Dopamine Receptor Agonists for the Treatment of Early or Advanced Parkinson’s Disease
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- Perez-Lloret, S. & Rascol, O. CNS Drugs (2010) 24: 941. doi:10.2165/11537810-000000000-00000
Dopamine receptor agonists are indicated for the symptomatic treatment of early, moderate or advanced Parkinson’s disease as well as for the reduction of levodopa-related motor complications. Ergolinic dopamine agonists, such as bromocriptine or pergolide, were initially developed and marketed, and then non-ergolinic dopamine agonists, such as pramipexole and ropinirole, were introduced, reducing the risk of drug-induced fibrotic reactions. Once-daily, controlled-release oral and transdermal formulations have been developed aiming at providing more stable 24-hour plasma drug concentrations and more convenient administration. A disease-modifying effect of dopamine agonists has not been demonstrated clinically.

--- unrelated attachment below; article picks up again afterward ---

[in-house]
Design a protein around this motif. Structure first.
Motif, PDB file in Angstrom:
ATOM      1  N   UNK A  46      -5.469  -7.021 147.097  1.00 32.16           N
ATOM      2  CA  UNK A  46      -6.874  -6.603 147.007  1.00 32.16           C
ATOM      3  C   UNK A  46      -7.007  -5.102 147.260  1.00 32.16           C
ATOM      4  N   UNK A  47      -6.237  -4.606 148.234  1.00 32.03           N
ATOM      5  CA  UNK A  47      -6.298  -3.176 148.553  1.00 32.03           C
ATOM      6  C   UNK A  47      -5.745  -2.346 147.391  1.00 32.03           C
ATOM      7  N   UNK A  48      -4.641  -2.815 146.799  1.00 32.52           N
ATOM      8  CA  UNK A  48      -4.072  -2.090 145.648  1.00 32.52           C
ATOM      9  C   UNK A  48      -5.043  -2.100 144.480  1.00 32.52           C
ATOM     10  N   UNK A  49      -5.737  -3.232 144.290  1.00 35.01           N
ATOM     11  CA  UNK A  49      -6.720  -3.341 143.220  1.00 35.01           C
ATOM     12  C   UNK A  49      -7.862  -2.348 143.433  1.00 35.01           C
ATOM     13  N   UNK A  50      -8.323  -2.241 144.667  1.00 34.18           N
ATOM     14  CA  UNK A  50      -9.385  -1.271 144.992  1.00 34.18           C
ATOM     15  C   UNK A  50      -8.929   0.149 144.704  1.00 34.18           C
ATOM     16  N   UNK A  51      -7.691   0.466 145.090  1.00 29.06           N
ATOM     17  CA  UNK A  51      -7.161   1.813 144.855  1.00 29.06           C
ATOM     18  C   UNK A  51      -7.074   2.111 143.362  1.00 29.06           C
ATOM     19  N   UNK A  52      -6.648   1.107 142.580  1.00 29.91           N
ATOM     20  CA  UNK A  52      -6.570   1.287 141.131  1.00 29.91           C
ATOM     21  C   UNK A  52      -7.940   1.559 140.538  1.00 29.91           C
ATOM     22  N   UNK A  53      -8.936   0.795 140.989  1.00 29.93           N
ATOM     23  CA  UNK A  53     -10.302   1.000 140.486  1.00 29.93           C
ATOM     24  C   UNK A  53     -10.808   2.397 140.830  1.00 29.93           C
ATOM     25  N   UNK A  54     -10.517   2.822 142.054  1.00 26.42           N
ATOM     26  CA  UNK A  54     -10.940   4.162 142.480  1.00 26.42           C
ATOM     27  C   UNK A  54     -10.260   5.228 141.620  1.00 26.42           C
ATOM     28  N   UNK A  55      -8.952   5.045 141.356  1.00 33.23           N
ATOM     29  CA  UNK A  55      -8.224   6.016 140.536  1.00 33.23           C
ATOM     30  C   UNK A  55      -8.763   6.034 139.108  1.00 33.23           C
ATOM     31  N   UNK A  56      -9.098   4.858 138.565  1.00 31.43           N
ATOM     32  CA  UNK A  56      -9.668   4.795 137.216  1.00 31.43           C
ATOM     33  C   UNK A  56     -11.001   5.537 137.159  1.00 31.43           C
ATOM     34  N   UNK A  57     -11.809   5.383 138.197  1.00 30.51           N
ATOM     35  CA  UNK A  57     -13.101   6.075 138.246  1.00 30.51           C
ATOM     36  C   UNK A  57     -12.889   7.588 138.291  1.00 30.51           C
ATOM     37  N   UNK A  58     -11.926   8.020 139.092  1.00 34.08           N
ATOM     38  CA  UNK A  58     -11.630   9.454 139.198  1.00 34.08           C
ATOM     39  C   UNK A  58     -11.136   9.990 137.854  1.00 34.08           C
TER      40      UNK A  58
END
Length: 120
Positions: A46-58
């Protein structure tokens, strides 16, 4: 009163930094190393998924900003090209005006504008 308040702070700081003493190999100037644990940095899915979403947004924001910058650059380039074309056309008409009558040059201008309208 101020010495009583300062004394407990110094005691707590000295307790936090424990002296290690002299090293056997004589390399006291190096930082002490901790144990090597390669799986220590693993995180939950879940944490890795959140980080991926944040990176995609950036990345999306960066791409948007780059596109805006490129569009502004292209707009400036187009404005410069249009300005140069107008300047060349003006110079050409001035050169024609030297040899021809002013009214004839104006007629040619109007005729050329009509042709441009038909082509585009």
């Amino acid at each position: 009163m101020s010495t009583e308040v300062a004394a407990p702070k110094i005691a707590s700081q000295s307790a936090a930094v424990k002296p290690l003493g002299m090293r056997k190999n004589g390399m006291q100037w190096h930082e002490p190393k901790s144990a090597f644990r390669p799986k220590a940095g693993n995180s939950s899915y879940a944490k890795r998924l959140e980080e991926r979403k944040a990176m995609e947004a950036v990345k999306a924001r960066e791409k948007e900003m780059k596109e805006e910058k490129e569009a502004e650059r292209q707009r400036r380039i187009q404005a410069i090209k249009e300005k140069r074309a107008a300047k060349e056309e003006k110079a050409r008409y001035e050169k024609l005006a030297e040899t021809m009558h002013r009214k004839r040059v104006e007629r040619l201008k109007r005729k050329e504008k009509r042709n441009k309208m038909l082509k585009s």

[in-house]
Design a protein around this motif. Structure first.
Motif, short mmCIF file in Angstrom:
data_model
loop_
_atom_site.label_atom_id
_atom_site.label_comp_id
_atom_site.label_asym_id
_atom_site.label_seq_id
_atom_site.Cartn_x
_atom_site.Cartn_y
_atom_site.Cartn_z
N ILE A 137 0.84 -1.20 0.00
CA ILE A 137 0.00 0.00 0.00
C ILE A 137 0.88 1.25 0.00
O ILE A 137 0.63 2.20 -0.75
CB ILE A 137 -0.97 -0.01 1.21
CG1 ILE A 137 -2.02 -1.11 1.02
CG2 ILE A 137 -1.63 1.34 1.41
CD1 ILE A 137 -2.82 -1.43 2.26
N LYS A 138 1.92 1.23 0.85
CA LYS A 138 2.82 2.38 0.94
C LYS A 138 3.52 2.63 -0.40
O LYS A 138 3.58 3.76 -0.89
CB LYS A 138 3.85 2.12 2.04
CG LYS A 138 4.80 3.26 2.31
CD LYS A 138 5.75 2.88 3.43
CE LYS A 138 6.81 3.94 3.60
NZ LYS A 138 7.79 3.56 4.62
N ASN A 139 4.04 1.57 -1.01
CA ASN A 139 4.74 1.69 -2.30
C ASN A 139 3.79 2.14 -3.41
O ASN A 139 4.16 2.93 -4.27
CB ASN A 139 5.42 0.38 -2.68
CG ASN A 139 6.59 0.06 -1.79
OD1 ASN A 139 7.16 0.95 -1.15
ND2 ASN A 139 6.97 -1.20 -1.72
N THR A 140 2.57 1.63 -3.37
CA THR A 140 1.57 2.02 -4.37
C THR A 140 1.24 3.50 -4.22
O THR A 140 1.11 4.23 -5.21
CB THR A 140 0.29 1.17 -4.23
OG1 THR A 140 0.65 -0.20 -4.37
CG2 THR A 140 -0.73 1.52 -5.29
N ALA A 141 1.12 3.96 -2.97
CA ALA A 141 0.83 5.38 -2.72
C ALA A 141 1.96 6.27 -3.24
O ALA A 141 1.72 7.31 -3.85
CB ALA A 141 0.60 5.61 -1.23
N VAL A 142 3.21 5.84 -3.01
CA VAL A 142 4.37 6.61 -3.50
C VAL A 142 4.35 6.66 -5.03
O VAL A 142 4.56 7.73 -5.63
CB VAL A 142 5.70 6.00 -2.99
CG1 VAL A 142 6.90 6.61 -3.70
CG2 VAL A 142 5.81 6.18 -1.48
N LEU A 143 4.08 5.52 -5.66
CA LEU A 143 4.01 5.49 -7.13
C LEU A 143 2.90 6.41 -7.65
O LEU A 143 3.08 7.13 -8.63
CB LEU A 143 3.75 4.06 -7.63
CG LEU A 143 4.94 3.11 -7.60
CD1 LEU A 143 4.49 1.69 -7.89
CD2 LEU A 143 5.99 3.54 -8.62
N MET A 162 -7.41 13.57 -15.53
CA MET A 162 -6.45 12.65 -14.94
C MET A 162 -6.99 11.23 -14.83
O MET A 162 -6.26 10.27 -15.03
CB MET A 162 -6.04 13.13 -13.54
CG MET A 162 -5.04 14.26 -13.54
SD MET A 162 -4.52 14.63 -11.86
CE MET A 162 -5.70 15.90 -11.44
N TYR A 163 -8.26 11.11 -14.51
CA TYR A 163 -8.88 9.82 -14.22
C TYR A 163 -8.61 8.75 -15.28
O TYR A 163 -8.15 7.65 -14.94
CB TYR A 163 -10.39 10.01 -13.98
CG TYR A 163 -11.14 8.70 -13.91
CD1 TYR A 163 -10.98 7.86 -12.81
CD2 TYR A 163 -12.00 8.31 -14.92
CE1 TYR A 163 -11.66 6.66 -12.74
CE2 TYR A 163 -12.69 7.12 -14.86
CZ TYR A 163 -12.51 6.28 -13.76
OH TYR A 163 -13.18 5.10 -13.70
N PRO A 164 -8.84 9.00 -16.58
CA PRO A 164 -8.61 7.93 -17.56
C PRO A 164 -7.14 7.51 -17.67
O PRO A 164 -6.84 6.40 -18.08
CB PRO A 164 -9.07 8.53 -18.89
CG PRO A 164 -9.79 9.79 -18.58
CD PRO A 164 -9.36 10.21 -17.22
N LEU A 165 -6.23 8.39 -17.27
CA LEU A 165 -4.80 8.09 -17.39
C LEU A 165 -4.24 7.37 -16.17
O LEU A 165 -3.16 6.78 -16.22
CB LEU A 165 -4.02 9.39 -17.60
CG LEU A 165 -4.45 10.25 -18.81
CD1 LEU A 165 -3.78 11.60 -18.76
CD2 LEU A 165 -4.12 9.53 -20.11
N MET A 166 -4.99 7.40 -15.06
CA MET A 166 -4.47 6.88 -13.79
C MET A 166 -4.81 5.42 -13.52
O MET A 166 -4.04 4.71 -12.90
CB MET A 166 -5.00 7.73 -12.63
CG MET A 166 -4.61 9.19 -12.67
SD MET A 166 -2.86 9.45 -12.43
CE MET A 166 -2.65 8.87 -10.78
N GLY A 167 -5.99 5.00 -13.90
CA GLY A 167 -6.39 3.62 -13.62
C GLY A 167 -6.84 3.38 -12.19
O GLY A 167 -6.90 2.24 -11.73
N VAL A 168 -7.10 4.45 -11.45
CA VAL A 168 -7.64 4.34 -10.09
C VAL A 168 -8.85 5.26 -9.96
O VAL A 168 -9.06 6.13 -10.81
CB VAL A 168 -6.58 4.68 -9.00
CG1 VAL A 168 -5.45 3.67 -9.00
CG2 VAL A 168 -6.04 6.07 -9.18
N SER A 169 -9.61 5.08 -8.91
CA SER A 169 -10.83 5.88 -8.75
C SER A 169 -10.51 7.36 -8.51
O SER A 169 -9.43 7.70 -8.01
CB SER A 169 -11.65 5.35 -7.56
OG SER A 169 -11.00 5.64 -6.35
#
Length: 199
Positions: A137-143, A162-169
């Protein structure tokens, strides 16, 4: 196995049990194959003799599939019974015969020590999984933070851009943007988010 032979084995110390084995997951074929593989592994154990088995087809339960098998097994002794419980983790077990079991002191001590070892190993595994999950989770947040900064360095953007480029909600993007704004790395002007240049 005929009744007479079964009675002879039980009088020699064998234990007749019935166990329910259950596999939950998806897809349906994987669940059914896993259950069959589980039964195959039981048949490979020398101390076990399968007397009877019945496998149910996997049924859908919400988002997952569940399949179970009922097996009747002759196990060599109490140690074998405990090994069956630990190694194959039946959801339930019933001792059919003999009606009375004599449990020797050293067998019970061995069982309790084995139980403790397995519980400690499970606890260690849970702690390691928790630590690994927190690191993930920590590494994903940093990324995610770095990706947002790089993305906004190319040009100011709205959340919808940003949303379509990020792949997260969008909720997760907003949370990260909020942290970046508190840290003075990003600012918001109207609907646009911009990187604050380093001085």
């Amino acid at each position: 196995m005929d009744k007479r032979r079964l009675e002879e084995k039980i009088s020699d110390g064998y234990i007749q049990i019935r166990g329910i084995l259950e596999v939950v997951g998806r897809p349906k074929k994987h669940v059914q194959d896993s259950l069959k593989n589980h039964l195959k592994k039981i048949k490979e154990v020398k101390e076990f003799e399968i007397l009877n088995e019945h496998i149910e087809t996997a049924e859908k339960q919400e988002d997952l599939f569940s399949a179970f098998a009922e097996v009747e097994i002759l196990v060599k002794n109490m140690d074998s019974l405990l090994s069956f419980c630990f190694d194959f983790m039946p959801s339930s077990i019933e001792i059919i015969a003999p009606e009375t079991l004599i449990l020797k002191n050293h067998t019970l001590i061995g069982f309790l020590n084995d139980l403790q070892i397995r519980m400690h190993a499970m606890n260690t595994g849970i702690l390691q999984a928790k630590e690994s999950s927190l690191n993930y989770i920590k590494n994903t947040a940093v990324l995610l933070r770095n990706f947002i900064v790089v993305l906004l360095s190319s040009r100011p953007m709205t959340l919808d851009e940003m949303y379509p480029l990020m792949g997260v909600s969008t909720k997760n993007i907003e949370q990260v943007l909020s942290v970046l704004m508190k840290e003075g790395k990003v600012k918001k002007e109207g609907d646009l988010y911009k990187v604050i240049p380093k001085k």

As with any other drug, dopamine agonists can also cause adverse drug reactions, which can be related or unrelated to dopaminergic hyperactivation. Dopaminergic reactions include nausea, hallucinations, confusion and orthostatic hypotension, among others, which were readily identified in pre-marketing clinical trials. During post-marketing surveillance, important adverse reactions were identified, such as daytime somnolence, impulse-control disorders and heart valve fibrosis. Other issues, including the efficacy of dopamine agonists for the treatment of non-motor symptoms, remain under evaluation.